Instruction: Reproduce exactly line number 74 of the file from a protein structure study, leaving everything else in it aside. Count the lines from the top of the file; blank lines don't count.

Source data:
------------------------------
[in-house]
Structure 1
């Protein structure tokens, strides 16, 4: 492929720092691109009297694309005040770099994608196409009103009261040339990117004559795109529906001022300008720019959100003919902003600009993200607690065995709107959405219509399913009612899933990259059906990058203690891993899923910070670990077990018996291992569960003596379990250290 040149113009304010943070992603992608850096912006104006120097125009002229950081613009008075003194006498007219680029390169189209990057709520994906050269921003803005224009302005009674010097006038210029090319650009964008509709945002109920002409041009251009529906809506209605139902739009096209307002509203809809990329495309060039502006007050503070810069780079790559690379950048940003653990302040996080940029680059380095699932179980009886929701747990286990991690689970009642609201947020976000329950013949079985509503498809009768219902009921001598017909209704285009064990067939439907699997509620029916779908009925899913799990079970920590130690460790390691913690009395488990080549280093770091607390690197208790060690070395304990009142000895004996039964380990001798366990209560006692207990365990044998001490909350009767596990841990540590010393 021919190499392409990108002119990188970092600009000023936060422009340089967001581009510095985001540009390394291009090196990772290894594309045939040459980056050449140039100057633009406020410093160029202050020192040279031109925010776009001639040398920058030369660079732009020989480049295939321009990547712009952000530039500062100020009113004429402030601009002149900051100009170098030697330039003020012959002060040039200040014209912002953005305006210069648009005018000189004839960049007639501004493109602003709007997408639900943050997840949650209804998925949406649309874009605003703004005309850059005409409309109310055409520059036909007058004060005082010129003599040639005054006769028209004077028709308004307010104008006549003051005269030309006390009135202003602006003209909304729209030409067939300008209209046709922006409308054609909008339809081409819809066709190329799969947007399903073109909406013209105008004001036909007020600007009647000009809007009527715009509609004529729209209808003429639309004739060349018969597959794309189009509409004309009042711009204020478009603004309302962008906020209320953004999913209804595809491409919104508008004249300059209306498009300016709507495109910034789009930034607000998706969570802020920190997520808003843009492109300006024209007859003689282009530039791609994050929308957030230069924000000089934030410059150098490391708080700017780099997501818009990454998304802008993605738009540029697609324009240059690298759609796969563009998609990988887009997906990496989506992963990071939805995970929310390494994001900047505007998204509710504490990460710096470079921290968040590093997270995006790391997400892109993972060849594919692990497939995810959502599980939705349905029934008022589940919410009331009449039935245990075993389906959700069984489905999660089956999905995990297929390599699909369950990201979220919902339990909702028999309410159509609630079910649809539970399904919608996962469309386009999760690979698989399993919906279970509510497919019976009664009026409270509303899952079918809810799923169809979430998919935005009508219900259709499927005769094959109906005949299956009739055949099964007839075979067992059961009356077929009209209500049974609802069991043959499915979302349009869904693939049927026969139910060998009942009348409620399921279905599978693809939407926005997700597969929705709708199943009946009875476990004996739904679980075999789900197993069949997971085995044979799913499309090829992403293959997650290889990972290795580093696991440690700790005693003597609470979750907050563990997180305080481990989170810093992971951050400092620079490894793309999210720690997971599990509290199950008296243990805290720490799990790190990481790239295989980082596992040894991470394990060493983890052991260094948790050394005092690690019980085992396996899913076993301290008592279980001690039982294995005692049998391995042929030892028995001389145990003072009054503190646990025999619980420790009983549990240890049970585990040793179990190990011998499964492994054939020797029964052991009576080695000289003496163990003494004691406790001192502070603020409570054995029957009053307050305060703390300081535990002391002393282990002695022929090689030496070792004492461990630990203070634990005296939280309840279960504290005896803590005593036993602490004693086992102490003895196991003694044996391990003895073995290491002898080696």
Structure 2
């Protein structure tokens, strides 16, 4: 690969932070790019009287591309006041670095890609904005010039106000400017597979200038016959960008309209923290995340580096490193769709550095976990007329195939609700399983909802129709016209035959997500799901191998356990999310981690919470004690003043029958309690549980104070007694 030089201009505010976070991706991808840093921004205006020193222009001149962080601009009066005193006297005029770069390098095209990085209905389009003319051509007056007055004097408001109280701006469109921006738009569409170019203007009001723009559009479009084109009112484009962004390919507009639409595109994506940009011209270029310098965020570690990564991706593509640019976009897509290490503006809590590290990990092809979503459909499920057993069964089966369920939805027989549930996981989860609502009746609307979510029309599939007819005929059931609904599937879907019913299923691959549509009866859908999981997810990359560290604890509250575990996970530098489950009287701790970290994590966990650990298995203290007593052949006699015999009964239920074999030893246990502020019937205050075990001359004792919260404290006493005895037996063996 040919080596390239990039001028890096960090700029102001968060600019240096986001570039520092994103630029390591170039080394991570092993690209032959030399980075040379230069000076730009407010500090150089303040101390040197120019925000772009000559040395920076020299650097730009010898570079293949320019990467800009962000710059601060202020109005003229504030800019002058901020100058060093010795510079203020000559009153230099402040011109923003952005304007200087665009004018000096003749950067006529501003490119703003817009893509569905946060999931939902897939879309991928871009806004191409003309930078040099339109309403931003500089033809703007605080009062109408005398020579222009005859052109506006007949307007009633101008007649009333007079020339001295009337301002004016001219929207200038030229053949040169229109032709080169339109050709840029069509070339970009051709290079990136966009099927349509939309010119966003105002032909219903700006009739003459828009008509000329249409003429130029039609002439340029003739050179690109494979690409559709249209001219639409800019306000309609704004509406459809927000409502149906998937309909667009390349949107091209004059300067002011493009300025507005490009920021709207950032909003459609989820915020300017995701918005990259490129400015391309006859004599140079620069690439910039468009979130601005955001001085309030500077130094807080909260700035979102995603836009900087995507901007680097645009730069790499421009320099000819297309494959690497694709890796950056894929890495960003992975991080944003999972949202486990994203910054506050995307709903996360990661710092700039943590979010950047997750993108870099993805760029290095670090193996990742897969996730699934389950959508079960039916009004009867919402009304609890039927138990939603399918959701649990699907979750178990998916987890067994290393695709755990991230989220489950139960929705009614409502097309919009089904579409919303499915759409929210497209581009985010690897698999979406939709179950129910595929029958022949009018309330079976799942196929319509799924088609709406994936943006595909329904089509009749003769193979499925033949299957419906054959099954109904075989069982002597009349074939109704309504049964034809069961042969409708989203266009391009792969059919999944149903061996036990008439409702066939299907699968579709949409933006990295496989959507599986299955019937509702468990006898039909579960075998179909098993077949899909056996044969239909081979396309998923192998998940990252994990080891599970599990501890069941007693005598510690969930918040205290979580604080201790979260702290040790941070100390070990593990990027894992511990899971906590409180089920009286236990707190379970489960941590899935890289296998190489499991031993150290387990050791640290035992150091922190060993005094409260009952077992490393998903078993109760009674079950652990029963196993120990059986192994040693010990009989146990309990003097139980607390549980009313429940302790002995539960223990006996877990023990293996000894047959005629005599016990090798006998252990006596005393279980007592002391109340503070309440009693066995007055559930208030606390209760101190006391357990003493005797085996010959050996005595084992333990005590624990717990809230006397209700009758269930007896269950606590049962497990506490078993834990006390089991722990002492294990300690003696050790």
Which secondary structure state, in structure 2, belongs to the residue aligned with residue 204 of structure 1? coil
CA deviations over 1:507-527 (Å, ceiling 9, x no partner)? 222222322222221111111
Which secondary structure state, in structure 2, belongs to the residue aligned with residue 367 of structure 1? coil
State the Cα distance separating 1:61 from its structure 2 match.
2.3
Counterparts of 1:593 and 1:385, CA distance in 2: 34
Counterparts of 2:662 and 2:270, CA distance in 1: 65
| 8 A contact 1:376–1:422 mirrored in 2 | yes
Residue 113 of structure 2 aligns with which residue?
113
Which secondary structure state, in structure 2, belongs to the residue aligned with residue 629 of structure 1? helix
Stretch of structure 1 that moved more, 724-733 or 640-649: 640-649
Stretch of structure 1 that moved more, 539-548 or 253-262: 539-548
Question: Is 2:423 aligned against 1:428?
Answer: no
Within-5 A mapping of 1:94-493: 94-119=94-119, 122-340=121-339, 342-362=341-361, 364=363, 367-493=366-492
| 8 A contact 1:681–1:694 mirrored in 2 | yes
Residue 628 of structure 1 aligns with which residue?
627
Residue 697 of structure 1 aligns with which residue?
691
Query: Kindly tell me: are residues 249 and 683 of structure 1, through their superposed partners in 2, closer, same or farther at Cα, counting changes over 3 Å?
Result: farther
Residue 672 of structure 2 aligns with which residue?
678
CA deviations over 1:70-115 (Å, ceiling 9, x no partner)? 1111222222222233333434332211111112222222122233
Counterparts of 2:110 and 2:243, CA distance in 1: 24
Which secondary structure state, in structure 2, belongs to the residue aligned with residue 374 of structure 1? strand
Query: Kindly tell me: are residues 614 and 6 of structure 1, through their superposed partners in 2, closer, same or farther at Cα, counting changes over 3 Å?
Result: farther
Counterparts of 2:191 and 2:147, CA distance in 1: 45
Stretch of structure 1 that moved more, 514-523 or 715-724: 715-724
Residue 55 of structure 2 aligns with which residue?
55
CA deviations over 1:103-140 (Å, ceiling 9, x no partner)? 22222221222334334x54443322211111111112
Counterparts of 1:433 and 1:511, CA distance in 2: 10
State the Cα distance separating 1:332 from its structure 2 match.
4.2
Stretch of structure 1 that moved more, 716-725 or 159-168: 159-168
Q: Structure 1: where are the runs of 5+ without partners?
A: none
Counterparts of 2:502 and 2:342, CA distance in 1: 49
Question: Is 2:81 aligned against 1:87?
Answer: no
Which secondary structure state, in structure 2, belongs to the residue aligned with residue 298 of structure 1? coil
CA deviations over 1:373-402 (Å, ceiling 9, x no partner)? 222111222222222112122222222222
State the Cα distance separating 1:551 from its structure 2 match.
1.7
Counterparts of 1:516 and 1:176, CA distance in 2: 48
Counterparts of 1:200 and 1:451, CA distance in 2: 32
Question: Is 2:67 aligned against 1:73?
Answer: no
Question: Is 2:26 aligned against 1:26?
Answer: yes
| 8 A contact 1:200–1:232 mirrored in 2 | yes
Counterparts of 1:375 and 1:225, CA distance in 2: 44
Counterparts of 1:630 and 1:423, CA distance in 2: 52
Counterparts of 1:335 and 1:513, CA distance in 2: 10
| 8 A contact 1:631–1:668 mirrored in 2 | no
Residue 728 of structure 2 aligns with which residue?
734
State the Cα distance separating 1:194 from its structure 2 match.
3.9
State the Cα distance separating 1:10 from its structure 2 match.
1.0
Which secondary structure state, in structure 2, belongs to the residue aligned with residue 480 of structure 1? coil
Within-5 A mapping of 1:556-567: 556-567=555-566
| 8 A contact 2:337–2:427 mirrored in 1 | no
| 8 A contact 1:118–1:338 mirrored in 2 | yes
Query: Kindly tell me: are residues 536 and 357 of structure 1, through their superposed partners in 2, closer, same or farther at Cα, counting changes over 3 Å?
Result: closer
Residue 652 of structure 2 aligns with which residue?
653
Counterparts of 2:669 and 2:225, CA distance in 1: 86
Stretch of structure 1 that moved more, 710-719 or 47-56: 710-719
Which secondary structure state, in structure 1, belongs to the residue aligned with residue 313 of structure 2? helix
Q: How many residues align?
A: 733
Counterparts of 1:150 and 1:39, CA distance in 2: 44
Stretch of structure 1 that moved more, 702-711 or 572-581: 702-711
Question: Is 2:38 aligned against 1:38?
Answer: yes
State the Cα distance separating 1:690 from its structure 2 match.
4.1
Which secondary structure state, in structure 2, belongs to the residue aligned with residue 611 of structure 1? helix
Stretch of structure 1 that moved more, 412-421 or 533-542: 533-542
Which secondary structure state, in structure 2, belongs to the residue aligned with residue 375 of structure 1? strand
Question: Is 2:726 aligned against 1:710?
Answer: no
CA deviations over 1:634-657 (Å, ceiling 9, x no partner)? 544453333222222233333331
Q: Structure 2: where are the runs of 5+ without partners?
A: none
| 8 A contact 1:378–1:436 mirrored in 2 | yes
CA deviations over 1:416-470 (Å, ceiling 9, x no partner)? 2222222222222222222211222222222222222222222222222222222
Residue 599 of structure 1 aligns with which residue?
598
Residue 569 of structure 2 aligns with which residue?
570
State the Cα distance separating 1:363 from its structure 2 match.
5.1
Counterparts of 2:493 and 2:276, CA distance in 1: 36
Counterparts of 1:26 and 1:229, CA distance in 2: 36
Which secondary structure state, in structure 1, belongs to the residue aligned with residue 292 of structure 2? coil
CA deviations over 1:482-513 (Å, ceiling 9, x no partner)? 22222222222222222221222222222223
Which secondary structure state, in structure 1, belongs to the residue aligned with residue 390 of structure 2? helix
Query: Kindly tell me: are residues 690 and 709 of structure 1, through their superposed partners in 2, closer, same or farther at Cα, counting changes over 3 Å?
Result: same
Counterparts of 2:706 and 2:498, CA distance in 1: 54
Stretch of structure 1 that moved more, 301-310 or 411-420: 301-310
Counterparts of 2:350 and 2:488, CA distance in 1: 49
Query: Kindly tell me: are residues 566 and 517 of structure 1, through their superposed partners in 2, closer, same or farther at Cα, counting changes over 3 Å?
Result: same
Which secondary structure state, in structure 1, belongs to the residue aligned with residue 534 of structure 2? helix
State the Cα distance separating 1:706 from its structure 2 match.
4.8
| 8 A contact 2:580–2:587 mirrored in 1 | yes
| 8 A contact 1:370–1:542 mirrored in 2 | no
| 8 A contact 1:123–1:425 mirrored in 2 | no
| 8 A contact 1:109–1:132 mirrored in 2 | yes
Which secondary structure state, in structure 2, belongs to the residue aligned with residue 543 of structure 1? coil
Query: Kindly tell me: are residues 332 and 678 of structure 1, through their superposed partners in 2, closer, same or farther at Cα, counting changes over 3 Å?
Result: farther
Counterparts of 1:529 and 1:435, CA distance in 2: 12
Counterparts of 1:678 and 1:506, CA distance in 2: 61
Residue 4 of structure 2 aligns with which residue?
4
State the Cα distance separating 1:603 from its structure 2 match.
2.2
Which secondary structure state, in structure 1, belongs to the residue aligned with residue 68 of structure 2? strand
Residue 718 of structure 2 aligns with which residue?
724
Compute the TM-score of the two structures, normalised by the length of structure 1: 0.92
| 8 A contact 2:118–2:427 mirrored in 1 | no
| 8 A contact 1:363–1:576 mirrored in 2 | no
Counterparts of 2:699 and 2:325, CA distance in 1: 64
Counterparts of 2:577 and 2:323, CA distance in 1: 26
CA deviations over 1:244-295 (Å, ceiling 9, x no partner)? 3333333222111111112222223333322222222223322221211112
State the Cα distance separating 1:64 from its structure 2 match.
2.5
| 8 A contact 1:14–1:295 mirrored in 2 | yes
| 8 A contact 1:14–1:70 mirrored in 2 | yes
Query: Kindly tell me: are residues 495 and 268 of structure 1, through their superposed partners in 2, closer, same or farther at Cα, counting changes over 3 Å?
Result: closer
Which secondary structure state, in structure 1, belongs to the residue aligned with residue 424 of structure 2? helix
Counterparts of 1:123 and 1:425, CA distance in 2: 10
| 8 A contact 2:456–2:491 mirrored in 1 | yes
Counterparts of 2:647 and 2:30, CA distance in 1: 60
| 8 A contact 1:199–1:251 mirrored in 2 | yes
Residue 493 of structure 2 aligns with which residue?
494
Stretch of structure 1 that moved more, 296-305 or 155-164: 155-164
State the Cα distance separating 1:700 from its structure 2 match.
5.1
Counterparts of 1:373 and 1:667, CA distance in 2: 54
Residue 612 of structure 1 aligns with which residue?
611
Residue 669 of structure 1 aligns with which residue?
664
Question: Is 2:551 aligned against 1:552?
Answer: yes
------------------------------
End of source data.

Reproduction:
| 8 A contact 1:118–1:338 mirrored in 2 | yes